What is a raw food diet?
‘The rule I apply is not to heat food over 42°C, so the bulk of what I eat daily is unprocessed raw vegetables, fruit, nuts and seeds. I got into it because I want to eat real food. What’s important for me is eating organic, local produce. I don’t do big grocery shops because part of this way of eating is listening to my body and my mood and figuring out what I want to eat. So I shop ‘in the moment’, I decide what to eat and buy just enough. It helps that there are good food shops around here. It also means there is never much in my fridge and very little food goes to waste. Of course some food is so connected to pleasure, it is hard to deny yourself. I really love mashed potatoes, eating them makes me happy, so I eat them from time to time. I’m not too strict on any diet.’
‘This way of eating is so respectful of nature and your body – it really is so good for your hair, your skin and your digestive system.’
5 fast food facts to get you started
1. Sprout your own beans. ‘I use mung beans. Wash them and leave them in water overnight, then put them in a sprouting jar. Wash your beans two or three times a day. In a couple of days they’ll sprout and you have nutritious raw food grown on your own kitchen counter.’
2. Experiment by exploring different food aisles.
3. Listen to your body. ‘One day I craved cinnamon. It was weird so I looked it up. Cinnamon balances the body after a sugar binge and I had been stuffing in candy the day before!’
4. Cook for your mood. ‘I’m not a patient cook but there are times I feel like making a project of it – cooking a slow chilli for three hours, listening to a podcast, enjoying a drink.’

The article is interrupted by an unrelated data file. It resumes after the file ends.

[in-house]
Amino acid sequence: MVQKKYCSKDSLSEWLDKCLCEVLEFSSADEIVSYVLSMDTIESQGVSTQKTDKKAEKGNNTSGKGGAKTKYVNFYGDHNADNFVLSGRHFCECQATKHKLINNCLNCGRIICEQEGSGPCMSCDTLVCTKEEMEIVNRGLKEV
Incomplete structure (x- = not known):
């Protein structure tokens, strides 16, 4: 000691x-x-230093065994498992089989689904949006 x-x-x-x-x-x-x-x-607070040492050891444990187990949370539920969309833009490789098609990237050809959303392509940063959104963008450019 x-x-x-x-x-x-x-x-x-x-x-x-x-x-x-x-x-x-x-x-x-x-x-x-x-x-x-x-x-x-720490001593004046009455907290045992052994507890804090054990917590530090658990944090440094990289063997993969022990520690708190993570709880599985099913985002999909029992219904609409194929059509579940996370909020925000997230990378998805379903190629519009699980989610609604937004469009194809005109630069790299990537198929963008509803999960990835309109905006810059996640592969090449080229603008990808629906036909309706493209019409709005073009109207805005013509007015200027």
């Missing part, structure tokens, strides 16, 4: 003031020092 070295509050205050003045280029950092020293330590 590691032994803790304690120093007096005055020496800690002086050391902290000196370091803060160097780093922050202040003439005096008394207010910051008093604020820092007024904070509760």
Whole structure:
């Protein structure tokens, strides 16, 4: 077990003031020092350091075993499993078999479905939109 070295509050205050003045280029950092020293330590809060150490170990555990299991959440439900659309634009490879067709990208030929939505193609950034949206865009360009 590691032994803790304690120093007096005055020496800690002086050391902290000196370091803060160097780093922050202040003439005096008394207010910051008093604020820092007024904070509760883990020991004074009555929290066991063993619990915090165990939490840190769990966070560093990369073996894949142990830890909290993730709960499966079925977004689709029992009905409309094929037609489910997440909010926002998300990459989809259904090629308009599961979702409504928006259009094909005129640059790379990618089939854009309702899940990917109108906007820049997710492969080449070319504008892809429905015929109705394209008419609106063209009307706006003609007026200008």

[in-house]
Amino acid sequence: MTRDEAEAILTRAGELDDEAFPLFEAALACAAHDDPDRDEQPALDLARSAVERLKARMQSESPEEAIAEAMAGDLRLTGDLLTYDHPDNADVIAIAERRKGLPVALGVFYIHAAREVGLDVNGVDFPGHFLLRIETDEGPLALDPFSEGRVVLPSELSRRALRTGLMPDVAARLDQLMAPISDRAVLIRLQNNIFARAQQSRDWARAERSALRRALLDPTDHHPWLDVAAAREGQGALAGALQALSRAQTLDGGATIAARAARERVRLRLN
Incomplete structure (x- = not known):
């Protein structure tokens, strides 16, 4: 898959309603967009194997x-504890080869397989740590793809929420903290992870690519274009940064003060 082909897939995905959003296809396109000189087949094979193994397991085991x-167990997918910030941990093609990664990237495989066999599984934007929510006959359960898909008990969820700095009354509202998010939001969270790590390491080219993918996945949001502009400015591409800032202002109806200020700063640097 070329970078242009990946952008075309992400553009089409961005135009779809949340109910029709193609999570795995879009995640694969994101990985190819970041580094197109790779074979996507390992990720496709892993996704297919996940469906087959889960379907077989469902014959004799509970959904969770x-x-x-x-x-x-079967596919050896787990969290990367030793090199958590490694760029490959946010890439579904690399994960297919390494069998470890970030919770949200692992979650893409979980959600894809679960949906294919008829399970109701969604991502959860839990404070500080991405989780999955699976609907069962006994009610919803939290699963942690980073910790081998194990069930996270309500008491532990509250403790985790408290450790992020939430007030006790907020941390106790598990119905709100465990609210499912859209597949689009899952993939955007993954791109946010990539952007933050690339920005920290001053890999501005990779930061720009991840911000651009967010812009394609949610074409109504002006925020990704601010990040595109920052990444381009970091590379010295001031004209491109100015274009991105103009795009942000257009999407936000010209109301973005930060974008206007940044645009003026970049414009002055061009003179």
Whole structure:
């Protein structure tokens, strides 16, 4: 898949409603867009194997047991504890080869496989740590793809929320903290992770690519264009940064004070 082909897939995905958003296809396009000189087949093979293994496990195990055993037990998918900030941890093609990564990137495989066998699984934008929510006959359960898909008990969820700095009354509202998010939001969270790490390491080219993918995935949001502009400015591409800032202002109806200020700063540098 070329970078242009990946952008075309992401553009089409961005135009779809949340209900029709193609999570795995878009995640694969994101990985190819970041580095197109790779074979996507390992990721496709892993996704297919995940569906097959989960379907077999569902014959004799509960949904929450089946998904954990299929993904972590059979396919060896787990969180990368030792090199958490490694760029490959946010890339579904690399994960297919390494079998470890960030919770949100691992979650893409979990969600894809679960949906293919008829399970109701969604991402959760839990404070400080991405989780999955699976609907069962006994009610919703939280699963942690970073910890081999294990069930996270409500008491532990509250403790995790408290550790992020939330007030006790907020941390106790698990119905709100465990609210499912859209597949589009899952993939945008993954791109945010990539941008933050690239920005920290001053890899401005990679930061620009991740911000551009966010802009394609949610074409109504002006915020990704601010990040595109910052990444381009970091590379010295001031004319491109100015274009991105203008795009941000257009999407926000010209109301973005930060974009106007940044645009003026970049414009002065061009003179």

5. Give yourself a break – if you want a burger, have one!
‘I enjoy experimenting, it can lead to tasty surprises. I grow Thai basil at home. When I fancied cooking some kind of Thai basil coconut dish, I could have looked up recipes online but I preferred to take a look around the Thai corner of the supermarket for inspiration.’
Make tasty raw food wraps in under 10 minutes
You will need:
For the wraps: Rice paper, soy sauce, carrots, shrimps, chilli peppers, greens, cabbage, cucumber – or whatever takes your fancy.
1. Prepare vegetables by cleaning and chopping them into batons.
2. Warm some water then use it to soften your rice paper and lay the paper out flat.
3. Cover about a third of the rice paper with a mix of your ingredients then fold in the tops of the paper and roll it up into a wrap.
4. Use soy sauce as a dip, or if you prefer, add it in with the ingredients as you assemble each wrap.
‘Yes I do eat pudding! I make a chocolate mousse that is so tasty. Put a ripe avocado and cocoa powder in a blender and whizz them up together so they become a mousse. It’s so easy and it’s amazing! If you want to make it sweeter, add honey and raspberries.’
Photography Polly Wreford Styling Sam Grigg